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Who Does What in a Household after Genocide? Evidence from Rwanda

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  • Kati Schindler

    () (German Institute for Economic Research)

Abstract

This paper investigates the determinants of intra-household time allocation in post-war Rwanda. A decade after the 1994 genocide, Rwanda still bears the demographic impact of the war, in which at least 800,000 people died and the majority of casualties were adult males. The paper explores two unique features: exogenous variation in household types and large variation in regional cohort-specific sex ratios. Results indicate that, first, exposure to violence and male death can be a trigger of change in gender roles. Second, there is little flexibility to negotiate responsibilities within the household. Third, the local marriage market impacts the division of labor. Young, unmarried women engage more intensely in typical female activities when the shortage of men is severe. Conforming to the female gender role may be a strategy to improve their chances to marry.

Suggested Citation

  • Kati Schindler, 2010. "Who Does What in a Household after Genocide? Evidence from Rwanda," HiCN Working Papers 90, Households in Conflict Network.
  • Handle: RePEc:hic:wpaper:90
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    References listed on IDEAS

    as
    1. D. de Walque & P. Verwimp, 2010. "The Demographic and Socio-economic Distribution of Excess Mortality during the 1994 Genocide in Rwanda," Journal of African Economies, Centre for the Study of African Economies (CSAE), vol. 19(2), pages 141-162, March.
    2. de Walque, Damien, 2004. "The long-term legacy of the Khmer Rouge period in Cambodia," Policy Research Working Paper Series 3446, The World Bank.
    3. Tilman Bruck & Kati Schindler, 2009. "The Impact of Violent Conflicts on Households: What Do We Know and What Should We Know about War Widows?," Oxford Development Studies, Taylor & Francis Journals, vol. 37(3), pages 289-309.
    4. Andre, Catherine & Platteau, Jean-Philippe, 1998. "Land relations under unbearable stress: Rwanda caught in the Malthusian trap," Journal of Economic Behavior & Organization, Elsevier, vol. 34(1), pages 1-47, January.
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    Cited by:

    1. Mayra Buvinic & Monica Das Gupta & Ursula Casabonne & Philip Verwimp, 2013. "Violent Conflict and Gender Inequality: An Overview," World Bank Research Observer, World Bank Group, pages 110-138.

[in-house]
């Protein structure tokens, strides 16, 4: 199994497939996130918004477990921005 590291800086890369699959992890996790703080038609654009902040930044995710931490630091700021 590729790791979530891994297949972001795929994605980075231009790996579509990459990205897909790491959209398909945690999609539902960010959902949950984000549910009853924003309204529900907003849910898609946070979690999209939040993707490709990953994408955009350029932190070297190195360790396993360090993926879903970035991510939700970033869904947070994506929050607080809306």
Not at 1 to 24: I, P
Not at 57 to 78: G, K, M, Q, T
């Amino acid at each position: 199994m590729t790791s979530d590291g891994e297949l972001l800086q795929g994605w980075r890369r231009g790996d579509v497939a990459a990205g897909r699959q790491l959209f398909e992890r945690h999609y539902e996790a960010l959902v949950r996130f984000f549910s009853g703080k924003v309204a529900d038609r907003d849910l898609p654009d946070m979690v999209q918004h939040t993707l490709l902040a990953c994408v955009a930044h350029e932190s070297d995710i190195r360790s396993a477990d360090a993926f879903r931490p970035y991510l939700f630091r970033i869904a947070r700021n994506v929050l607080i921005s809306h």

2. Vani S. Kulkarni & Manoj Pandey & Raghav Gaiha, 2013. "MDGs and gender inequality," Brooks World Poverty Institute Working Paper Series 18813, BWPI, The University of Manchester.
    3. Patricia Justino & Ivan Cardona & Rebecca Mitchell & Catherine Müller, 2012. "Quantifying the Impact of Women’s Participation in Post-Conflict Economic Recovery," HiCN Working Papers 131, Households in Conflict Network.
    4. Schindler, Kati & Bruck, Tilman, 2011. "The effects of conflict on fertility in Rwanda," Policy Research Working Paper Series 5715, The World Bank.
    5. Merle Kreibaum & Stephan Klasen, 2015. "Missing Men: Differential Effects of War and Socialism on Female Labour Force Participation in Vietnam," Courant Research Centre: Poverty, Equity and Growth - Discussion Papers 181, Courant Research Centre PEG.
    6. Patricia Justino, 2012. "Nutrition, Governance and Violence: A Framework for the Analysis of Resilience and Vulnerability to Food Insecurity in Contexts of Violent Conflict," HiCN Working Papers 132, Households in Conflict Network.
    7. Giulia La Mattina, 2014. "Civil Conflict, Sex Ratio and Intimate Partner Violence in Rwanda," Working Papers 0114, University of South Florida, Department of Economics.
    8. La Mattina, Giulia, 2017. "Civil conflict, domestic violence and intra-household bargaining in post-genocide Rwanda," Journal of Development Economics, Elsevier, vol. 124(C), pages 168-198.

    More about this item

    JEL classification:

    • J12 - Labor and Demographic Economics - - Demographic Economics - - - Marriage; Marital Dissolution; Family Structure
    • J22 - Labor and Demographic Economics - - Demand and Supply of Labor - - - Time Allocation and Labor Supply
    • O12 - Economic Development, Innovation, Technological Change, and Growth - - Economic Development - - - Microeconomic Analyses of Economic Development

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